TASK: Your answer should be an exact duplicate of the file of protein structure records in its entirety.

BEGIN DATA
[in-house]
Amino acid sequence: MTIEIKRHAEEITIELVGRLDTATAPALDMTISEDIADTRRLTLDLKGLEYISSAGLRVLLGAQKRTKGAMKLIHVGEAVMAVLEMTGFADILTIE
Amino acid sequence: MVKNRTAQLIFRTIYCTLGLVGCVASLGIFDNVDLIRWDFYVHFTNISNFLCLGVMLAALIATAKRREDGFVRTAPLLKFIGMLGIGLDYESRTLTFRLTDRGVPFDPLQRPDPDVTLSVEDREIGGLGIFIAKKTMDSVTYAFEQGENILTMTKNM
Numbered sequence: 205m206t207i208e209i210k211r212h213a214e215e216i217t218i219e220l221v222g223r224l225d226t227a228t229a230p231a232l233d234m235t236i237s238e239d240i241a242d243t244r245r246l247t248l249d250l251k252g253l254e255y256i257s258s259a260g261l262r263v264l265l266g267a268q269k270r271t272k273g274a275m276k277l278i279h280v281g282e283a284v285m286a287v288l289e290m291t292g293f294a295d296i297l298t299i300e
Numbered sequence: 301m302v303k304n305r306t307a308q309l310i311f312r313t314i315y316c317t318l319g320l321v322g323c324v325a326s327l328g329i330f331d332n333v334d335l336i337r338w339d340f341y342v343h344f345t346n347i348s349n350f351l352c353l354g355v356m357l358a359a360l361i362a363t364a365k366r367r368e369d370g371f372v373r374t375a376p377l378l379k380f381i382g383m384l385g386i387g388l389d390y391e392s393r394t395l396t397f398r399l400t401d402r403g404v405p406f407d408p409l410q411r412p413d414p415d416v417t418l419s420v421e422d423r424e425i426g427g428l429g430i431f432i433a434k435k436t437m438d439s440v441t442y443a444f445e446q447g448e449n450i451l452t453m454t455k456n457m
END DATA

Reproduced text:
[in-house]
Amino acid sequence: MTIEIKRHAEEITIELVGRLDTATAPALDMTISEDIADTRRLTLDLKGLEYISSAGLRVLLGAQKRTKGAMKLIHVGEAVMAVLEMTGFADILTIE
Amino acid sequence: MVKNRTAQLIFRTIYCTLGLVGCVASLGIFDNVDLIRWDFYVHFTNISNFLCLGVMLAALIATAKRREDGFVRTAPLLKFIGMLGIGLDYESRTLTFRLTDRGVPFDPLQRPDPDVTLSVEDREIGGLGIFIAKKTMDSVTYAFEQGENILTMTKNM
Numbered sequence: 205m206t207i208e209i210k211r212h213a214e215e216i217t218i219e220l221v222g223r224l225d226t227a228t229a230p231a232l233d234m235t236i237s238e239d240i241a242d243t244r245r246l247t248l249d250l251k252g253l254e255y256i257s258s259a260g261l262r263v264l265l266g267a268q269k270r271t272k273g274a275m276k277l278i279h280v281g282e283a284v285m286a287v288l289e290m291t292g293f294a295d296i297l298t299i300e
Numbered sequence: 301m302v303k304n305r306t307a308q309l310i311f312r313t314i315y316c317t318l319g320l321v322g323c324v325a326s327l328g329i330f331d332n333v334d335l336i337r338w339d340f341y342v343h344f345t346n347i348s349n350f351l352c353l354g355v356m357l358a359a360l361i362a363t364a365k366r367r368e369d370g371f372v373r374t375a376p377l378l379k380f381i382g383m384l385g386i387g388l389d390y391e392s393r394t395l396t397f398r399l400t401d402r403g404v405p406f407d408p409l410q411r412p413d414p415d416v417t418l419s420v421e422d423r424e425i426g427g428l429g430i431f432i433a434k435k436t437m438d439s440v441t442y443a444f445e446q447g448e449n450i451l452t453m454t455k456n457m